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Communications Security for Your Business – Deciphering the Tech Talk

In recent months, there has been an increased scrutiny on how secure modern communications are. There was the United States government wanting a way to access your personal information on your cell phone without your knowledge. Additionally, in mid-October, a widespread hack that affected modern WiFi encryption was revealed. While these are attacks on personal information, they also have distinct implications for businesses. So while everyone’s focus is on security, now is a good time to address what a few of those terms mean, and how they affect your business.

VOIP – Hosted vs. Premise-based Solutions
Every business relies on some form of voice communication. When choosing their phone systems, many companies turn to voice over internet protocol (VOIP) as a way of bundling their voice communication with their online presence. One of the chief security decisions when dealing with business VOIP solutions is choosing between hosted and premise-based VOIP solutions. But what does this mean and how does it affect the security of your company?

Premise-based VOIP means that the servers and tech that handle your VOIP calls is on-site. Your IT department is responsible for maintaining it and the security of the communications. This is a great solution for a small business, but if you experience rapid growth, you could find yourself outgrowing your VOIP capabilities.

A hosted VOIP solution means that the servers are hosted offline by your VOIP provider. This not only relieves you of the concern for security but also what to do if you suddenly need ten new lines. A hosted solution will scale quickly and easily for you. That also means that your IT guy won’t suddenly be stressed out about having to secure your new equipment.

Wireless and Internet Solutions
Internet security is essential to your company. Viruses and malicious attacks cost businesses over $450 billion around the world. Whether it’s a simple clean up because of a downloaded virus or a full-blown ransomware attack, the security of your computer infrastructure is a major concern.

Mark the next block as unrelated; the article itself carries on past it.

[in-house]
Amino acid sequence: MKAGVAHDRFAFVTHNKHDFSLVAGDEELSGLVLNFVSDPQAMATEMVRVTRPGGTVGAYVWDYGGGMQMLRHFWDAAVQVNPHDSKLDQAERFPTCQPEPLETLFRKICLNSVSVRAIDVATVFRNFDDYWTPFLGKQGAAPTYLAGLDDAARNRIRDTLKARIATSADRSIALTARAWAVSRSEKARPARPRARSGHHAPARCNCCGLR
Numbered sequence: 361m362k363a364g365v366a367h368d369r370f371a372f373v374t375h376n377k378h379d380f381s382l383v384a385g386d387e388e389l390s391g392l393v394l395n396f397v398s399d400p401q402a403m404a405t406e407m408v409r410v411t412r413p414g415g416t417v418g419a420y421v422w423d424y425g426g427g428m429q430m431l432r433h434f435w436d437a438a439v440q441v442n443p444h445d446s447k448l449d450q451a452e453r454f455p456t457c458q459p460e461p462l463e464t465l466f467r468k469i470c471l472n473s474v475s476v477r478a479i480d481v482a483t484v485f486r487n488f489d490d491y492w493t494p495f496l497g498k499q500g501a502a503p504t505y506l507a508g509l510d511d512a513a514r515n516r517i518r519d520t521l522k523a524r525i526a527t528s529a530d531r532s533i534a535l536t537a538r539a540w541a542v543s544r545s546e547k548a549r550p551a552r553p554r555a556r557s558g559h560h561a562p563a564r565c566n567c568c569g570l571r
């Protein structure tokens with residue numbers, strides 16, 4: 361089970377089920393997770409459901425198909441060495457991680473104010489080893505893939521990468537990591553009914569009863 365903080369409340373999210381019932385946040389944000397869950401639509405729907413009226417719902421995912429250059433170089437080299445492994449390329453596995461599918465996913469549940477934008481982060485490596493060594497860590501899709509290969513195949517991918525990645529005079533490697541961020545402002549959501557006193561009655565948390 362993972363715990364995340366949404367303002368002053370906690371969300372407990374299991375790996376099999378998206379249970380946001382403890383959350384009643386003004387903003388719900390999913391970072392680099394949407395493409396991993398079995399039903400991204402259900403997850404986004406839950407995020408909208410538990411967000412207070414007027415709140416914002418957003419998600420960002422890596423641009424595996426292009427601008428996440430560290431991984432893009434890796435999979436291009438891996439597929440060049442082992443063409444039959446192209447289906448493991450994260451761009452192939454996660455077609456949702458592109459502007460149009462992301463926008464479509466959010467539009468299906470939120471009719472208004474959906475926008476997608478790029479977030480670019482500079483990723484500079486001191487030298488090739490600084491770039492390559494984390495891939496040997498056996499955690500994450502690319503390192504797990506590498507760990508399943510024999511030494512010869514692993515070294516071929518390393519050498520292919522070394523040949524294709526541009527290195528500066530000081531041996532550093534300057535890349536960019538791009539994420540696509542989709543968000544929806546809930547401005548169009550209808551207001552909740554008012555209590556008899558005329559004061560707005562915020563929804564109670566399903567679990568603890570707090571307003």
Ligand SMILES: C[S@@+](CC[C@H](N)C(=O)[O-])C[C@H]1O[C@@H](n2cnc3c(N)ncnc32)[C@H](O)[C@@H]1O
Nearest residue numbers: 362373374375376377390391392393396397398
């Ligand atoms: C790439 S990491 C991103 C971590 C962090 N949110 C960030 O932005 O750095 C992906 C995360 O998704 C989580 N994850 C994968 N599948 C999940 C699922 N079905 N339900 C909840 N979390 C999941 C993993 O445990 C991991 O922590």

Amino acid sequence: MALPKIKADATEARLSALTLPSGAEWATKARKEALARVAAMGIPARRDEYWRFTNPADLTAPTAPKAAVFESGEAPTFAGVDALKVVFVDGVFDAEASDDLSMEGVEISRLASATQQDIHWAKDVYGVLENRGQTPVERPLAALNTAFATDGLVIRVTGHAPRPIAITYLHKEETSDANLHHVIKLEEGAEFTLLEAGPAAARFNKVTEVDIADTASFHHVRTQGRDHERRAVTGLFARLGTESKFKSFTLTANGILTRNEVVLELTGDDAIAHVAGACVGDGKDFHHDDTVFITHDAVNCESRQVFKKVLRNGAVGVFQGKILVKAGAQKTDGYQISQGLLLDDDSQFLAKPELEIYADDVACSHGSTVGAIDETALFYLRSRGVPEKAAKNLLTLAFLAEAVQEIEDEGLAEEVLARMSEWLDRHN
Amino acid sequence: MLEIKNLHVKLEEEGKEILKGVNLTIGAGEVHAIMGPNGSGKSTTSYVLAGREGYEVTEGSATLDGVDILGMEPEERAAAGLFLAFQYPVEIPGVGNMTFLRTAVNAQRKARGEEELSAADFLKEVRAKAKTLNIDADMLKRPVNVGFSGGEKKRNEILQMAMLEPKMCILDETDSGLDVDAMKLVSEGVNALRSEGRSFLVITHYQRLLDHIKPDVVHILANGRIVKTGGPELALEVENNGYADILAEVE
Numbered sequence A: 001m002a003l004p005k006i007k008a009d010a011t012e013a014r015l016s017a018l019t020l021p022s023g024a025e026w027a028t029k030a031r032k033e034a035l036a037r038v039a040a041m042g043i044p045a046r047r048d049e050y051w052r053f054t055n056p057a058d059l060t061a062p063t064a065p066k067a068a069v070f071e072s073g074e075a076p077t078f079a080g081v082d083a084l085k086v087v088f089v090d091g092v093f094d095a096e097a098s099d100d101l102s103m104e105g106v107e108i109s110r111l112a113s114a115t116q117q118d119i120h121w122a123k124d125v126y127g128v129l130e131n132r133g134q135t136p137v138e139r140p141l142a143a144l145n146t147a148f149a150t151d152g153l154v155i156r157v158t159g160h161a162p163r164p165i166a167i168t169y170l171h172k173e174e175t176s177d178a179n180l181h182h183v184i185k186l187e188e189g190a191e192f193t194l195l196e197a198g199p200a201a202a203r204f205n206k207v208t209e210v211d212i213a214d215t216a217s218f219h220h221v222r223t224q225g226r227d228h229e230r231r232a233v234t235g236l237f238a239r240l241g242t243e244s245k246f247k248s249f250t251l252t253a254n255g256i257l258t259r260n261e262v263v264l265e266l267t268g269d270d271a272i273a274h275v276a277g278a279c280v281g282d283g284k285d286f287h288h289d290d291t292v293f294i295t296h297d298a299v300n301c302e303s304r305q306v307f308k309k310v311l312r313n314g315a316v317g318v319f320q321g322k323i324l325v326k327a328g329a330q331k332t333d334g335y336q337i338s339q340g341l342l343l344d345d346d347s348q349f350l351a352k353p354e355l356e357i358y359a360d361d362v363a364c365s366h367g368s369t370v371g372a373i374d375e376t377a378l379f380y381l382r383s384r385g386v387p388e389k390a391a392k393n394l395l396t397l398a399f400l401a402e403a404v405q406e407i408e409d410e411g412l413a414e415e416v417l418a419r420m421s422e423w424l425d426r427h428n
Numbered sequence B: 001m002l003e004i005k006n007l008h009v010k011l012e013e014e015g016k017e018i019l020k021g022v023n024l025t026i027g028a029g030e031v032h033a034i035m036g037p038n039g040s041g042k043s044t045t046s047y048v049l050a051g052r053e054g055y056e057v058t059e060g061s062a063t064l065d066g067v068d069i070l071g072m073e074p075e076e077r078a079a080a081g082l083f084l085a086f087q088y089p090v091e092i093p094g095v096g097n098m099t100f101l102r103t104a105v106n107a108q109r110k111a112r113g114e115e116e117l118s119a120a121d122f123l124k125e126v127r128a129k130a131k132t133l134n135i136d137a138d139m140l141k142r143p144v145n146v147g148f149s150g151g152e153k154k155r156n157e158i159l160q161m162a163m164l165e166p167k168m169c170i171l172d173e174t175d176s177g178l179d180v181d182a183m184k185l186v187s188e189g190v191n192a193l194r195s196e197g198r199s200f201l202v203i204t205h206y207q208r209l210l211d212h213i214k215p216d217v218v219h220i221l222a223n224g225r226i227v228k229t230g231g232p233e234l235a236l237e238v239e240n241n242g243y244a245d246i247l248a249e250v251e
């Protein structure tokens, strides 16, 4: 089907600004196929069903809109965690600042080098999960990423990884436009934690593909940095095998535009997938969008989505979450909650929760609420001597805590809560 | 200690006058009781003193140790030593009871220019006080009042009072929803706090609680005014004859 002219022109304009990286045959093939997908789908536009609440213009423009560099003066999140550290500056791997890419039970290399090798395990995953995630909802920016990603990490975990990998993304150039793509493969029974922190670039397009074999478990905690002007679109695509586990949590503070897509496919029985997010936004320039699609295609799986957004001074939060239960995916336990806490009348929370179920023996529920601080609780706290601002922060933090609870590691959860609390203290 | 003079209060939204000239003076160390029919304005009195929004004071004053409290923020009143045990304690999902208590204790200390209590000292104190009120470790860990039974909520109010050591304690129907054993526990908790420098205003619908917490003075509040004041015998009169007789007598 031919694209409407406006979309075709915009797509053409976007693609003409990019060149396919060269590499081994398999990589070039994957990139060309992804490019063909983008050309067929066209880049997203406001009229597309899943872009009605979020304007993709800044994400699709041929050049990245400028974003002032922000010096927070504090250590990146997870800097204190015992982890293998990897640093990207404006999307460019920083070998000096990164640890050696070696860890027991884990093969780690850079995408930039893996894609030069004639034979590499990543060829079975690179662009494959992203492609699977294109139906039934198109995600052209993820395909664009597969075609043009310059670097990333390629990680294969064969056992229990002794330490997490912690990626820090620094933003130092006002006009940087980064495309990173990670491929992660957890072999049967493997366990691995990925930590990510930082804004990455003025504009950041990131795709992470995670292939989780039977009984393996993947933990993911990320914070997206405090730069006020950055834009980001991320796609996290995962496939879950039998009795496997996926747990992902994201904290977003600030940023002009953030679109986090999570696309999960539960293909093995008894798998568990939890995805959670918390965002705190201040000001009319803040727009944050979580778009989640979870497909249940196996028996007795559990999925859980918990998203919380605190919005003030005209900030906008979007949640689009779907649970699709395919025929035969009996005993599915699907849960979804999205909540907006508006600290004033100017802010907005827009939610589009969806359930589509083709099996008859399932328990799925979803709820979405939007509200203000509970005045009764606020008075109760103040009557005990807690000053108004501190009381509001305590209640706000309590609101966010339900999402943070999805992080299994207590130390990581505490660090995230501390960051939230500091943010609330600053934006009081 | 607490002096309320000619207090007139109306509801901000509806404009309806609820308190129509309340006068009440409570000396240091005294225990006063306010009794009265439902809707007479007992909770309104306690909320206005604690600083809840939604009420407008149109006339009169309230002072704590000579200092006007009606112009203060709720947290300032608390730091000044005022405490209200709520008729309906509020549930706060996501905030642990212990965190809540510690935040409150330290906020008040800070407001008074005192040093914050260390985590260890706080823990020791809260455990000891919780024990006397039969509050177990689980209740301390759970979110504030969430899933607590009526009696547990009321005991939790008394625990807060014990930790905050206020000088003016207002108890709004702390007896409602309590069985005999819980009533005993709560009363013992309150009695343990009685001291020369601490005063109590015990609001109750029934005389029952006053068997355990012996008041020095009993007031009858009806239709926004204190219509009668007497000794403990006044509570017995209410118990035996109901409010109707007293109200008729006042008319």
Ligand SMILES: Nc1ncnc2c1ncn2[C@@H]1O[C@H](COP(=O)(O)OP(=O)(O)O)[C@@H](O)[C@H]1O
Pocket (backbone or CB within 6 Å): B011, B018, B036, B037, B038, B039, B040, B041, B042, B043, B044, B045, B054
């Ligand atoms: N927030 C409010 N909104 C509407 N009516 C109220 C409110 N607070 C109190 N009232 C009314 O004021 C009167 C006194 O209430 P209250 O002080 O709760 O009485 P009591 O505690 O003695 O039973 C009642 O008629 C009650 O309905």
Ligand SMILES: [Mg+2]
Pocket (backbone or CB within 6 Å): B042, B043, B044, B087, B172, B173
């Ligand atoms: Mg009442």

It affects multiple things, from how you choose your web host provider to how you train your new employees in the basics of internet security. While protecting your company, there are some keys to ensuring its safety.

· Don’t download anything without clearing it with your IT department.
· Never click on links in an email.
· Don’t use personal flash drives or external storage on company computers.

These basic rules are great when it comes to securing your wired infrastructure, but what about your wireless network?
Wireless integrity can be a bit trickier. The standards for wireless encryption have changed drastically over the past ten years. The first encryption protocol was the Wired Equivalent Privacy (WEP) protocol. This was supplanted by the Wi-Fi Protected Access (WPA) protocol while a more robust solution was developed. That solution ended up being WPA2, whose vulnerabilities were revealed by the KRACK hack.

WEP is the least secure method of wireless encryption. It was introduced in 1997 and was first cracked in 2001. It is extremely easy to break, and no company should be using this method.

WPA2 is the most robust form of wireless security currently in place. This protocol allows for the use of an authentication server instead of a common passphrase. Server authentication issues a certificate to a valid user that is checked every time they attempt to log in.

Keep in mind that the most vulnerable aspect of any system is the passphrase selected by a user. For example, “1234” or “password” are still commonly used passphrases. This makes those systems vulnerable to attack. When dealing with the security of your company, employee education is perhaps the most important link in the chain.







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